Does the Spanish language have any verbs whose perfect tense forms are based on a different lexical root from the infinitive form (by analogy with the Latin verb fero > tuli)?
Are there verbs where the lexical root of the perfect tense forms differs from that of its infinitive form?
Related Meta question: spanish.meta.stackexchange.com/q/3087/9385– aparente001May 12, 2019 at 4:35
In addition to the highly suppletive verbs ser and ir, some other verbs have a few non-cognate conjugations:
- the past participle of matar is suppleted by morir in the passive voice: [fue] muerto
- the impersonal present indicative of haber, hay comes from ha i (< ahí < ibī)
Some linguists also describe the different conjugations of caber ~ quepo etc as "partial suppletion".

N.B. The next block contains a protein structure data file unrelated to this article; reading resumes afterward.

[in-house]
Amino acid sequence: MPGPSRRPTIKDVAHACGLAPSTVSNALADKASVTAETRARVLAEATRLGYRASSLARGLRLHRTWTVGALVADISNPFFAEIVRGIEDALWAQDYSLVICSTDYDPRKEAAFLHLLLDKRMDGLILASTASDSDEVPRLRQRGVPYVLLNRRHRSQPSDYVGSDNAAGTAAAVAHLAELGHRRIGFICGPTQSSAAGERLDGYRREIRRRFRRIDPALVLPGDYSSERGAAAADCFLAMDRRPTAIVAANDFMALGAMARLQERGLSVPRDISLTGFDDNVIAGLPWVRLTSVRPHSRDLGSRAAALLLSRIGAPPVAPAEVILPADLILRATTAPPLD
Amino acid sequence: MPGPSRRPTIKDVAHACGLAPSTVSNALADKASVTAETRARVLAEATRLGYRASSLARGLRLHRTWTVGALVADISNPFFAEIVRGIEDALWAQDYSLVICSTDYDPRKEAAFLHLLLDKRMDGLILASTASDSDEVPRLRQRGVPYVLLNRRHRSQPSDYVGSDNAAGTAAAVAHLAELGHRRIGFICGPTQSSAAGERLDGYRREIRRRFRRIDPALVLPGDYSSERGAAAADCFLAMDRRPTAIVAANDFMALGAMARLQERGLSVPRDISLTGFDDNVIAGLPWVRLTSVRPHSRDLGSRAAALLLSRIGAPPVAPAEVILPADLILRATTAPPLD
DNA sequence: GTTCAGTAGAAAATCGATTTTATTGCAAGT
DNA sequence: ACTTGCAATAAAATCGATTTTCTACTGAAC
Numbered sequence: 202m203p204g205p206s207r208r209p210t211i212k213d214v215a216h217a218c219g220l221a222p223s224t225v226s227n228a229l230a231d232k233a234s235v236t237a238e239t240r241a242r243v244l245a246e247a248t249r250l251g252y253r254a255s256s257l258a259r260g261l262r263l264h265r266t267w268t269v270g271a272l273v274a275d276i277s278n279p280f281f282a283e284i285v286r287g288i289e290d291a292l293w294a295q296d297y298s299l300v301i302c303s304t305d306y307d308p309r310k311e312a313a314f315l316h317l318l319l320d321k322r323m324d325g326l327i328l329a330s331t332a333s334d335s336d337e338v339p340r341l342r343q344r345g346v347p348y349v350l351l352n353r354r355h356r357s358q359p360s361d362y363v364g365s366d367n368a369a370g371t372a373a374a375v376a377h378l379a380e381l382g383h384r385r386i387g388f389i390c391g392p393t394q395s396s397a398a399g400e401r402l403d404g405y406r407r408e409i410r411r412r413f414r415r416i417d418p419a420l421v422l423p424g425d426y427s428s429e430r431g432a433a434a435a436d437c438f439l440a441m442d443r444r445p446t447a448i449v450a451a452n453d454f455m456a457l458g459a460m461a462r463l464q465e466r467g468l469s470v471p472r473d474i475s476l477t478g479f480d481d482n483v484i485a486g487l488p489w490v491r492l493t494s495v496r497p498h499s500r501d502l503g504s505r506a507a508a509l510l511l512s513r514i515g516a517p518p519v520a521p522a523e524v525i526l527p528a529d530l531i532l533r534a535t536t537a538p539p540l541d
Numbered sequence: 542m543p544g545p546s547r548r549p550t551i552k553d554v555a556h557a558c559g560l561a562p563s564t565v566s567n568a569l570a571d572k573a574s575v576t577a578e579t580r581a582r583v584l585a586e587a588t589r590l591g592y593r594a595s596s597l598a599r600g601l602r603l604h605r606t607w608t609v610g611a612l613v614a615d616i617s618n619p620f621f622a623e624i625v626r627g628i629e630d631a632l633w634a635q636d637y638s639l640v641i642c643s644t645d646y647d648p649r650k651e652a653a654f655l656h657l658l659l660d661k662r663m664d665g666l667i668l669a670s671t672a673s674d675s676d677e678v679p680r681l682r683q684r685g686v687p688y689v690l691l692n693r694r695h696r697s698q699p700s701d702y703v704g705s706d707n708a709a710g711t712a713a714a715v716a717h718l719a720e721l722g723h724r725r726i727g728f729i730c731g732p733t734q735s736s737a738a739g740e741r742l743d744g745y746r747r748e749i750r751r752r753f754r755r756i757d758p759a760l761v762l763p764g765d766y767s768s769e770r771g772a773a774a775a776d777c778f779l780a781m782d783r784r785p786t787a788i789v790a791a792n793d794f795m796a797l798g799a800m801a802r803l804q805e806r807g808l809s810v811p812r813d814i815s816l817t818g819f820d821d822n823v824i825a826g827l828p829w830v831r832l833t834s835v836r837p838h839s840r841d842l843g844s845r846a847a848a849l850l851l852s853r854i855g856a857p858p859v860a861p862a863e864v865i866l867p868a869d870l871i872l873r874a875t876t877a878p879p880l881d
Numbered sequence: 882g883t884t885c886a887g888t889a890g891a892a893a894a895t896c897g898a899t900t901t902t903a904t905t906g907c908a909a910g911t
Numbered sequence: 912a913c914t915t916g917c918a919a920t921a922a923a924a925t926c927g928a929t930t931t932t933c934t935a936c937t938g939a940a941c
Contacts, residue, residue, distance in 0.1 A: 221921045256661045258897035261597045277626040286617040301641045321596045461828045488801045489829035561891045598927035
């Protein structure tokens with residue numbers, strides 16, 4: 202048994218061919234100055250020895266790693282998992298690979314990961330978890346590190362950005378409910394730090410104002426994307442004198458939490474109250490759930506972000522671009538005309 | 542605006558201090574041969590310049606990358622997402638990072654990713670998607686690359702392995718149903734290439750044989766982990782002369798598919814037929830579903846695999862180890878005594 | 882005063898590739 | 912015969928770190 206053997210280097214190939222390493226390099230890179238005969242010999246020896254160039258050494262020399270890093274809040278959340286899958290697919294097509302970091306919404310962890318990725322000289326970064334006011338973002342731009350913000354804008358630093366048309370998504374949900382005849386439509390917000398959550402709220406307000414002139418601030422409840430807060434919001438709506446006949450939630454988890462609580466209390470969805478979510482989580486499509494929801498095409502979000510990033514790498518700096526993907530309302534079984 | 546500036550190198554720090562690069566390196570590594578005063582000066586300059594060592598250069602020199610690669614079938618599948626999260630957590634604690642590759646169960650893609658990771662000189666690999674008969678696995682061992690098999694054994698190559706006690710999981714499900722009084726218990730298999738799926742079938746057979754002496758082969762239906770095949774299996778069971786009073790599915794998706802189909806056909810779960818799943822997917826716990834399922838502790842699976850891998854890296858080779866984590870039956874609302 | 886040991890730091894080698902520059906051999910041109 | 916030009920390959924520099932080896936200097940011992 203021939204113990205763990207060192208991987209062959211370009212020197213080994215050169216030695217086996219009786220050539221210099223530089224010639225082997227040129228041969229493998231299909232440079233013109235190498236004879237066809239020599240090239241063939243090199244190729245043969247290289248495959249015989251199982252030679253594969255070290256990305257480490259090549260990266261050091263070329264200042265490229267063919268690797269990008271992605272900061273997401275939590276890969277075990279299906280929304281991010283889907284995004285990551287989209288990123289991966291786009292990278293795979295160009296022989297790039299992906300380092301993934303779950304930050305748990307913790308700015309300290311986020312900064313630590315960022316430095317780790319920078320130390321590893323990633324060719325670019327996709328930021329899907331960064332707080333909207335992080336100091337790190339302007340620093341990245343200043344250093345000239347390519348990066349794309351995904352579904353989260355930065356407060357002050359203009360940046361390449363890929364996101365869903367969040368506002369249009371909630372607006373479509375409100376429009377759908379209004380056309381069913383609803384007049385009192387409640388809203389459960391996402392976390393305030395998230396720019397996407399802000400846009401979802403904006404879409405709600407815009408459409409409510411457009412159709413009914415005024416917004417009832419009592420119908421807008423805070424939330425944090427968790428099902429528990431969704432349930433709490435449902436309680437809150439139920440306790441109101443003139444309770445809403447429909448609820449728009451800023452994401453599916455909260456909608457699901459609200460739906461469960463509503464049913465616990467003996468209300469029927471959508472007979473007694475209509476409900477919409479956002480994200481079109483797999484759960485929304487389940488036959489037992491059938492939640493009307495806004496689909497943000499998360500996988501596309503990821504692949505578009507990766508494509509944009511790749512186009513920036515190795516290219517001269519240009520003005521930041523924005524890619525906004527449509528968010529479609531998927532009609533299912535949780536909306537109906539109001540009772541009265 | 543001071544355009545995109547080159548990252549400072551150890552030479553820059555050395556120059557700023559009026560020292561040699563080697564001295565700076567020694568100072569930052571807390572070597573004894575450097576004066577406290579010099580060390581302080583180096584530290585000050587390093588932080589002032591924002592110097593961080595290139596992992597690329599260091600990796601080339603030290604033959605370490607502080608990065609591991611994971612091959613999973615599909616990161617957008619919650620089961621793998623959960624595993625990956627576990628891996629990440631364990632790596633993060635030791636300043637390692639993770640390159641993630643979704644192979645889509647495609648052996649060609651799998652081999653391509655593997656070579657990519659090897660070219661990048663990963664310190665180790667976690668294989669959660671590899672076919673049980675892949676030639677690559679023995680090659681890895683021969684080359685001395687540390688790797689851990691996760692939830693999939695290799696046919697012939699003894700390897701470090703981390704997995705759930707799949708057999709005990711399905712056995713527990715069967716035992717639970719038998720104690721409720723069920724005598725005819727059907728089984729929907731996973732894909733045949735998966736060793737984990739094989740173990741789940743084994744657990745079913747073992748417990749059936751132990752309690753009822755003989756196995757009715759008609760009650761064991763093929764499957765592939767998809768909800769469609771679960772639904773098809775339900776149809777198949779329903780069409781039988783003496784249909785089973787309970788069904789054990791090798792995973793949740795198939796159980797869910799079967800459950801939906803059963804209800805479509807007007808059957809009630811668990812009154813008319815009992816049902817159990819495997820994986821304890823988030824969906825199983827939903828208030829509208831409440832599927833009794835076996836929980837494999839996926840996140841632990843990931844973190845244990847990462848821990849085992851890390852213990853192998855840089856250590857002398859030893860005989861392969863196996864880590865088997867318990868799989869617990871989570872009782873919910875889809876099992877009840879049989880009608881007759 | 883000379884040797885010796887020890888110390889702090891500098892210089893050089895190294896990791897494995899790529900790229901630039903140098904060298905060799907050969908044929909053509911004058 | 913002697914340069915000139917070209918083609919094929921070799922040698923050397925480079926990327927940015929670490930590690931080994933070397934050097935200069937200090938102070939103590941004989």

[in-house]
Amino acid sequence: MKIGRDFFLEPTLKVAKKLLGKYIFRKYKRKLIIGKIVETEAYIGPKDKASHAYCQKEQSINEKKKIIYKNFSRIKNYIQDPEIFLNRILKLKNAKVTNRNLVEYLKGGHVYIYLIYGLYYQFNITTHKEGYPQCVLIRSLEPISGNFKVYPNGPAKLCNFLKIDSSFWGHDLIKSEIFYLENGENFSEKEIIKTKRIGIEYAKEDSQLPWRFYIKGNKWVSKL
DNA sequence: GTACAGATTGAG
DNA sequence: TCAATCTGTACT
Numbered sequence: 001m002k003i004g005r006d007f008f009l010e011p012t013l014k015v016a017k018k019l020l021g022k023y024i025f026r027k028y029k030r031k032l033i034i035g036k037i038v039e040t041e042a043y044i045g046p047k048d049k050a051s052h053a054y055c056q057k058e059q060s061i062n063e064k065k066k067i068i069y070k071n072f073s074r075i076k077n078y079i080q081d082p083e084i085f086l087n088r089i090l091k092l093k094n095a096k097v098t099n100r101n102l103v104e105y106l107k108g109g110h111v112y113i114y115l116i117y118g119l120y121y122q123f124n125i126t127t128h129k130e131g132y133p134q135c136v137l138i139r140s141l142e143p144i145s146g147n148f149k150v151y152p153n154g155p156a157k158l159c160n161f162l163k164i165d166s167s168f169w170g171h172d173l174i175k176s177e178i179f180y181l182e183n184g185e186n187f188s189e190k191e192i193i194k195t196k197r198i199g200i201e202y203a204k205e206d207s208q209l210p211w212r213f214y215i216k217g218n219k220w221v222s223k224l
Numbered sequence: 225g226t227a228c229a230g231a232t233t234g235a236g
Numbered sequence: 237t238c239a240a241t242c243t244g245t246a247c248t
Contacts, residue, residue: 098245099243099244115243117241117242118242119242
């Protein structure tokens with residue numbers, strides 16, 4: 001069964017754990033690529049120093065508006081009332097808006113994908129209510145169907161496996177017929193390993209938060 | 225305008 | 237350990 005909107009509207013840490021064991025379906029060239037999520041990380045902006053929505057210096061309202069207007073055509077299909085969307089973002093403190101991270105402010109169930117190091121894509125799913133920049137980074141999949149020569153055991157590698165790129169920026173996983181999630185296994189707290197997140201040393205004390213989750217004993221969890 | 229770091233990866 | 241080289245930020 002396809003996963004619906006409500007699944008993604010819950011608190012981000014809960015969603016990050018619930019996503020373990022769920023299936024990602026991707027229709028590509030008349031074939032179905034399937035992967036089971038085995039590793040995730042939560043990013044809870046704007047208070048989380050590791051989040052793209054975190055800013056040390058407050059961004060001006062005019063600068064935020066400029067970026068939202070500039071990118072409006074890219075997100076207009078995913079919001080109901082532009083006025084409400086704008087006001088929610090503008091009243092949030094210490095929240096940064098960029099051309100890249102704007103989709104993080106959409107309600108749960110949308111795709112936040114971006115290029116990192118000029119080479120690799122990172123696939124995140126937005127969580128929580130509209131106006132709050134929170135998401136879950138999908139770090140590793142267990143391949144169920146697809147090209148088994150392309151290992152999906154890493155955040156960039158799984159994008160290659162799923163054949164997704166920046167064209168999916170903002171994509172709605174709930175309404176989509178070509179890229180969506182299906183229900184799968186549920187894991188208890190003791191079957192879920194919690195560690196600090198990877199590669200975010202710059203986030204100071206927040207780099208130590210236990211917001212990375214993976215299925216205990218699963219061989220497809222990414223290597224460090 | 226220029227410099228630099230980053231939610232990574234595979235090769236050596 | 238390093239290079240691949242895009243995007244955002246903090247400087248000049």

Introducción a la lingüística (p.250)
2Interestingly, under certain circumstances you can still use ha, particularly in time situations: cinco años ha que hago algo, although I wouldn't call it interchangeable by any means May 11, 2019 at 1:55
It does, they are the irregular verbs, but amongst them the most irregular are the following:
"ir" in perfect past first person is "fui"
"Ser" in perfect past second person is :"fui"
responder uses —historically and to a limited extent today— the forms repuse, repusiste, repuso, etc.